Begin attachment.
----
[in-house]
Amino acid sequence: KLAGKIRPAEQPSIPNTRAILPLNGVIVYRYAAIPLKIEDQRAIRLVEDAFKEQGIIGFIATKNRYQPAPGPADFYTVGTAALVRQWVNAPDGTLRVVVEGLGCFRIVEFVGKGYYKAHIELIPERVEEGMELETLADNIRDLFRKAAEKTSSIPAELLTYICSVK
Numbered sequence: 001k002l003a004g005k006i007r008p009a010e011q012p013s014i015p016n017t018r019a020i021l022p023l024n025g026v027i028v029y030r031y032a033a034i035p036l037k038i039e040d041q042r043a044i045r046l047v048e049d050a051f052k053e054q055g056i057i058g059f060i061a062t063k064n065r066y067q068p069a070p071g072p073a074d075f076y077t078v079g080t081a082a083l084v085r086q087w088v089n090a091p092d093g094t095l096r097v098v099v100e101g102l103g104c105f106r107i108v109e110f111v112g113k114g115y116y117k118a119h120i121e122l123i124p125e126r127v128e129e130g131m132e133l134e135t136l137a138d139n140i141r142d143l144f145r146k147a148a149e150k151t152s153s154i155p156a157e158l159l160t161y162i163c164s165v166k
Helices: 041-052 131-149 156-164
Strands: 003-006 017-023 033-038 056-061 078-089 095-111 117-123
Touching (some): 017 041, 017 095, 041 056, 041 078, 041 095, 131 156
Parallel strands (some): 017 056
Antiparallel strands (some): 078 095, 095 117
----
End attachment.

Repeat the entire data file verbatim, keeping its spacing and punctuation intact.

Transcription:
[in-house]
Amino acid sequence: KLAGKIRPAEQPSIPNTRAILPLNGVIVYRYAAIPLKIEDQRAIRLVEDAFKEQGIIGFIATKNRYQPAPGPADFYTVGTAALVRQWVNAPDGTLRVVVEGLGCFRIVEFVGKGYYKAHIELIPERVEEGMELETLADNIRDLFRKAAEKTSSIPAELLTYICSVK
Numbered sequence: 001k002l003a004g005k006i007r008p009a010e011q012p013s014i015p016n017t018r019a020i021l022p023l024n025g026v027i028v029y030r031y032a033a034i035p036l037k038i039e040d041q042r043a044i045r046l047v048e049d050a051f052k053e054q055g056i057i058g059f060i061a062t063k064n065r066y067q068p069a070p071g072p073a074d075f076y077t078v079g080t081a082a083l084v085r086q087w088v089n090a091p092d093g094t095l096r097v098v099v100e101g102l103g104c105f106r107i108v109e110f111v112g113k114g115y116y117k118a119h120i121e122l123i124p125e126r127v128e129e130g131m132e133l134e135t136l137a138d139n140i141r142d143l144f145r146k147a148a149e150k151t152s153s154i155p156a157e158l159l160t161y162i163c164s165v166k
Helices: 041-052 131-149 156-164
Strands: 003-006 017-023 033-038 056-061 078-089 095-111 117-123
Touching (some): 017 041, 017 095, 041 056, 041 078, 041 095, 131 156
Parallel strands (some): 017 056
Antiparallel strands (some): 078 095, 095 117